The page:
This is a companion case to Ex parte Seymore, 89 So.2d 83 and appellants raise three questions identical in that case and the instant case. These questions are treated in paragraphs numbered I, II and III in the Seymore case, and our discussion there will not be duplicated here.

Petitioners contend that there is a variance between the allegations of the petition for a rule to show cause and the proof offered in that while there was considerable evidence adduced tending to show that petitioner Evett committed the acts alleged in the petition against Bill Lang, there is an absence of proof showing the commission by him of these acts against James Lang. Respondents contend that a complete answer to this contention is Rule 34, Rules of the Circuit and Inferior Courts, Title 7, Code of Alabama, 1940, Appendix, which provides:

"In all cases where there is a variance between the allegations and proof, and which could be cured by an amendment of the pleading, the trial court will not be put in error for admitting such proof unless there was a special objection making the point as to variance. And the general objection that the same is illegal, irrelevant and immaterial will not suffice. Nor will the trial court be put in error for refusing the general charge predicated upon such variance, unless it appears from the record that the variance was brought to the attention of the said trial court by a proper objection to the evidence."

Petitioners answer this contention by urging that this being a case of constructive criminal contempt, the regular rules of practice in criminal cases must be followed as closely as possible. Thus it is argued that Rule 34 does not apply but instead Title 15, § 253, Code of Alabama, 1940, is applicable and this being so the petition for a rule to show cause, like an indictment, cannot be amended without the consent of the accused.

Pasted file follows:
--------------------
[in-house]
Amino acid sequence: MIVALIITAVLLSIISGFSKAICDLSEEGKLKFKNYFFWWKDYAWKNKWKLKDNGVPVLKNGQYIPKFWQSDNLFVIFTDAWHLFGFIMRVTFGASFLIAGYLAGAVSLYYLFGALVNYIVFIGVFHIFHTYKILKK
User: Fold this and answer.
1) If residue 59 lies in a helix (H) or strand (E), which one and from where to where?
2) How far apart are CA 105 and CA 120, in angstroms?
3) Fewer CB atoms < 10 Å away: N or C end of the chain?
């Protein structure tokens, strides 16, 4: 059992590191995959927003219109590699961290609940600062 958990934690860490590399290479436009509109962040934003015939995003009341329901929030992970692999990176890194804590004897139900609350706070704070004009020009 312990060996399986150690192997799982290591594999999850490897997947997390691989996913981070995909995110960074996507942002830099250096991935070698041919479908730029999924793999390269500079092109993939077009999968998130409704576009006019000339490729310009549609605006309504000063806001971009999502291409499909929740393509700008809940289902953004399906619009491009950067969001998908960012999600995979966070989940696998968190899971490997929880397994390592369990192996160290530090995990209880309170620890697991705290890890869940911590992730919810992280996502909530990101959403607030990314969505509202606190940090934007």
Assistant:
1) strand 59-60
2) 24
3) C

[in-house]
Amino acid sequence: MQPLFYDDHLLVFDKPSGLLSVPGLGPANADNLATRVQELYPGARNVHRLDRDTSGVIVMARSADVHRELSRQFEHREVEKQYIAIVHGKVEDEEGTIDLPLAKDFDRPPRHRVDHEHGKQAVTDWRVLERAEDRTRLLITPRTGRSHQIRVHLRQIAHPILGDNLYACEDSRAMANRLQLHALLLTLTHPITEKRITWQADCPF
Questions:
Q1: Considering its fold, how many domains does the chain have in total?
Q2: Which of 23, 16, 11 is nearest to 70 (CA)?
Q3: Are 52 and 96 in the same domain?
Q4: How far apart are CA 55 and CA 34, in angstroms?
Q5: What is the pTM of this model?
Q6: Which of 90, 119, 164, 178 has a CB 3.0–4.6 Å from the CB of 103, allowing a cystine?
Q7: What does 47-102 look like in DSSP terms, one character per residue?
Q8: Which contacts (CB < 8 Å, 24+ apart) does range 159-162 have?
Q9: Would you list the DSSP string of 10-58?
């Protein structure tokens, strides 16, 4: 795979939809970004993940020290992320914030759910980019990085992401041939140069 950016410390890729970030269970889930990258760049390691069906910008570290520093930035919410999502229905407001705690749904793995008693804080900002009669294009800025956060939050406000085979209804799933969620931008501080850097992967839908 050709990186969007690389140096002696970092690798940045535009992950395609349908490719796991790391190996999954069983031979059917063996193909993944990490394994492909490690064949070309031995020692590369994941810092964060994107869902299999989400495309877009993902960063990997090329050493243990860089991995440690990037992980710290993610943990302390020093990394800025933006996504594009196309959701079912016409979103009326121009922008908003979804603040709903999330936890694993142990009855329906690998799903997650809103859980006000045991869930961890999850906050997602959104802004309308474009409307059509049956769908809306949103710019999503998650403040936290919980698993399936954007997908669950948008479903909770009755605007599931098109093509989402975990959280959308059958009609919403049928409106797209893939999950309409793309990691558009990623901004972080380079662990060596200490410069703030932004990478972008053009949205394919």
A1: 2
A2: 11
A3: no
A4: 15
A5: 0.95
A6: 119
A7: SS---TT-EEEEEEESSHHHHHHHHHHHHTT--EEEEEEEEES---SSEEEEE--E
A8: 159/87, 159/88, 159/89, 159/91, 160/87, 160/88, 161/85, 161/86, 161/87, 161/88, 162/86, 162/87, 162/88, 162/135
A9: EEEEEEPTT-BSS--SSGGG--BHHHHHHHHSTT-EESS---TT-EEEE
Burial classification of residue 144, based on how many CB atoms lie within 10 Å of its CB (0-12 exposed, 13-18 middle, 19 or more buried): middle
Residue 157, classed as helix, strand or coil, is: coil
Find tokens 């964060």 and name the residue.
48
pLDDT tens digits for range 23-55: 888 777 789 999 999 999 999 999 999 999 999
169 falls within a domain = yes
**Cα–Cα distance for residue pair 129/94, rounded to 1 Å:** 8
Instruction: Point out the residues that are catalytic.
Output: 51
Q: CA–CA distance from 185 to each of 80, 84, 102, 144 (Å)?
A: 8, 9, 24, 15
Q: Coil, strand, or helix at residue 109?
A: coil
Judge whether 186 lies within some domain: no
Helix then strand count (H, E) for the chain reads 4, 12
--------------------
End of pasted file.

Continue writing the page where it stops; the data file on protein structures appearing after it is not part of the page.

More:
We think this argument, while ingenious, is lacking in merit. Article I, § 6 of the Constitution guarantees a jury trial in all prosecutions by indictment, but the Constitution does not invest the Supreme Court with original jurisdiction in criminal actions. The statutes do not invest the Court of Appeals with original jurisdiction in criminal actions, nor do Probate Courts or Courts of County Commissioners have any criminal jurisdiction whatsoever, yet all have power to punish for contempt. It would be anomalous indeed to hold that a criminal contempt committed against either of those courts should be tried under the criminal code; and even so, to hold that the accused was entitled to a trial by jury. And it would be equally anomalous to hold that the law gives an alleged contemnor of the Circuit Court a right of trial by jury and at the same time, deny it to alleged contemnors of the Appellate or Probate Courts. Clearly, contempt proceedings are not criminal cases within the meaning of the Constitution or statutes of Alabama. See Osborne v. Purdome, Mo., 244 S.W.2d 1005, 1006, 29 A.L.R.2d 1141. We hold that the variance here complained of could have been cured by amendment, and that the absence of a special objection in the court below making the point, precludes a reversal of this cause on that ground under Rule 34.

We next treat the contention of petitioner Evett that the court below erred in sustaining the demurrer of respondent to his plea of autrefois convict. This plea was based on allegations that Evett was tried and convicted in the Recorder's Court of the City of Huntsville for the offense of an affray and such conviction was based on the same acts with which he is charged in the petition for a rule to show cause. In support of this contention reliance is placed on the double jeopardy provisions of the Alabama Constitution of 1901, Art. 1, § 9 and the Constitution of the United States, Amends. 5 and 14.